The hawks (including me) were wrong about a lot, but some got one thing right. It’s going to be a long war.
In the early days after 9/11 there was a lot of talk about a “clash of civilizations” and a long “existential struggle” facing the West. I once asked the late Christopher Hitchens what he felt on that terrible day, and he said he felt no small amount of joy. Not for the suffering and death, but for the fact that the West finally had been awakened to the terrible but necessary struggle before us.
And for a time, many liberals bought into the idea that America was heading into a generational struggle with jihadism. There were a slew of books on the subject.
That consensus evaporated in the hot rage ignited by the Iraq war. By the time President Obama was elected, even the war in Afghanistan — once the good war according to most Iraq war critics — had become an emotional albatross. Tellingly, among Obama’s first executive orders was one to close the prison at Guantanamo Bay as quickly as possible.
This was a triumph for the new enlightened consensus that the war on terror wasn’t really a war at all. In 2007, retired Gen. Wesley Clark co-authored an op-ed for the New York Times ridiculing the idea that Al Qaida was a military enemy. “Labeling its members as combatants elevates its cause and gives Al Qaida an undeserved status,” he argued. The “more appropriate designation for terrorists is not ’unlawful combatant’ but the one long used by the United States: criminal.”
Although Obama has tried to move captured terrorists into the domestic criminal justice system, to his credit, he never fully bought into this argument. Still, he cast terrorism as a manageable problem for the experts, not a civilizational struggle. Zeus-like, he personally went over his kill lists, selecting which enemies should be dispatched with a drone strike or, in the case of Osama bin Laden, the furies of SEAL Team 6.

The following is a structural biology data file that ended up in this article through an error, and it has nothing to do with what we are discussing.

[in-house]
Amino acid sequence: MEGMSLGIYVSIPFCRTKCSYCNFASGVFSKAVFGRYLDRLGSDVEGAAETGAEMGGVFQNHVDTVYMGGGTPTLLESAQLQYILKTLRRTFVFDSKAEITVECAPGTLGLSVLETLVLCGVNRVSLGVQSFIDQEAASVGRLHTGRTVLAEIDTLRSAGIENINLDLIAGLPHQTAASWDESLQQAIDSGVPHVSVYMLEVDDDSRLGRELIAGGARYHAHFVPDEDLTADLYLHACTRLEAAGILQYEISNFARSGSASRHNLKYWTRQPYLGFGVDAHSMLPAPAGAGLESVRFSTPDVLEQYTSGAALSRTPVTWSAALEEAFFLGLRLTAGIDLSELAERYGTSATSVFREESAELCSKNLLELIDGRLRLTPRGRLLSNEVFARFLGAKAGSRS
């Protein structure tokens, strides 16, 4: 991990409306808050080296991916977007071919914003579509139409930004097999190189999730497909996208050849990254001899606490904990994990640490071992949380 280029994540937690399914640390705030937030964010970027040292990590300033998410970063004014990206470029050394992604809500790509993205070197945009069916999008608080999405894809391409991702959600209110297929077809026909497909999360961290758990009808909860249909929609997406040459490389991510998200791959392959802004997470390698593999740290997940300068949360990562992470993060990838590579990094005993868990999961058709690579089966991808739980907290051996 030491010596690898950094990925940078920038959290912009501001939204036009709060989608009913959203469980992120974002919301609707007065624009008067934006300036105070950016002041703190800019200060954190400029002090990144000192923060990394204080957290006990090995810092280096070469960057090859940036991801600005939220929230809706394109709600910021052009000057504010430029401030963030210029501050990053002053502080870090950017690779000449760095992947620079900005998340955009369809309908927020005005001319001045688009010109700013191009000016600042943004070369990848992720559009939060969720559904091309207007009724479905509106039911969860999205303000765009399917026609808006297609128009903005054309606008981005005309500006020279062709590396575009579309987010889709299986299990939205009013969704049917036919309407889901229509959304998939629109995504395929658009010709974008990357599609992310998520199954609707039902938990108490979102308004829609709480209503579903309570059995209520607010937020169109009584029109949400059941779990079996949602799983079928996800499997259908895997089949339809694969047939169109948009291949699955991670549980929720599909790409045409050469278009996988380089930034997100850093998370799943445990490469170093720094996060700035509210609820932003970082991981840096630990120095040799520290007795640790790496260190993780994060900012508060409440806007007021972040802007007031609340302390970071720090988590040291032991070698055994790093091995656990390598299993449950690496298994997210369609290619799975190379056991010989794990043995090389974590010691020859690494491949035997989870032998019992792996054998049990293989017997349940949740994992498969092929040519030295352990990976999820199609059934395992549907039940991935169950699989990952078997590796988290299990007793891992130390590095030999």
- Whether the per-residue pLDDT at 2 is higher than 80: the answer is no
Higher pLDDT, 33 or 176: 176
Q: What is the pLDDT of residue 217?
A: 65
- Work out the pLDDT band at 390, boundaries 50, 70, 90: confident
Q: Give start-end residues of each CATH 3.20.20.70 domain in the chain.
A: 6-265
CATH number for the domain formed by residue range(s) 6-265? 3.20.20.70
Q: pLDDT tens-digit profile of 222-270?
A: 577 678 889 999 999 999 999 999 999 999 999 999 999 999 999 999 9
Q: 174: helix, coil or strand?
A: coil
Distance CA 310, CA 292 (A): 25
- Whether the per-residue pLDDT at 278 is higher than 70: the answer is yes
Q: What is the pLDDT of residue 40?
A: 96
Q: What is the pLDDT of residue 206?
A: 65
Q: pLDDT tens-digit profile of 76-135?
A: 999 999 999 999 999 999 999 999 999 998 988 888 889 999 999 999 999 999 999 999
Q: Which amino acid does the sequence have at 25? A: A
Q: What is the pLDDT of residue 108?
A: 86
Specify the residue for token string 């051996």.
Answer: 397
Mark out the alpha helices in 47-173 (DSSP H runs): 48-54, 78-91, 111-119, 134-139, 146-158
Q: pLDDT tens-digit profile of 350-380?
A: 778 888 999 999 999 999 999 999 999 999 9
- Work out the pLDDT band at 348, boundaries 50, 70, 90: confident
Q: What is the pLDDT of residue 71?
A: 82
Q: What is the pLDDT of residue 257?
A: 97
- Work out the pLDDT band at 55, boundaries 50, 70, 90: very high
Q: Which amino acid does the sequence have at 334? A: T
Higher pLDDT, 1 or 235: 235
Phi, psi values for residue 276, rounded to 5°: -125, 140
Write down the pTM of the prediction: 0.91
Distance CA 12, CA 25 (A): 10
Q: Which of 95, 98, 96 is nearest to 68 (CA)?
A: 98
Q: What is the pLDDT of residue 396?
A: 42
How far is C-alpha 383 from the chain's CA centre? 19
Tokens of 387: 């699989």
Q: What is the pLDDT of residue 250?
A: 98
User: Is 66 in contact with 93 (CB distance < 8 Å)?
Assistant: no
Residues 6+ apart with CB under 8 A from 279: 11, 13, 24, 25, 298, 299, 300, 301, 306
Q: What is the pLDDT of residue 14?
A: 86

When new threats emerged, the White House dismissed them with the whitewash that “core Al Qaida” was “on the run.” All pretenders to Al Qaida’s mantle were little more than a “jayvee” squad, as Obama put it. It’s OK to slumber again was the message.
One jayvee squad — the self-styled Islamic State formerly known as the Islamic State of Iraq and Syria, or ISIS — now controls the territorial equivalent of Britain and is one of the best-equipped and ideologically committed military forces in the Middle East. Everyday jihadis — many with Western passports — enlist in the struggle to create a global caliphate while the “Muslim street” from Turkey to Saudi Arabia follows the Islamic State like a sports team.
The Islamic State’s atrocities are too numerous and too horrible to list here. It includes rape and slavery, religious cleansing, mass murder, public crucifixions and beheadings. Over the weekend, an Iraq official said that the Islamic State had killed at least 500 Iraqi Yazidis, burying some alive, including women and children. The group is only too happy to tweet about all of it.
Pentagon officials told NBC’s Jim Miklaszewski that they see the Islamic State as a “10- to 20-year challenge.” I hope that’s pessimistic. But it’s simply realistic that the ideological agenda driving these jihadis will present a challenge for far longer than that.
No one in the West wants a generational struggle with jihadism any more than Israel wants perpetual war with Hamas in Gaza. The problem is the enemy always gets a vote. It just may be that the Middle East will become the West’s Gaza. And, so far, nobody has a good answer for what to do about it.
Jonah Goldberg is a fellow at the American Enterprise Institute and editor-at-large of National Review Online.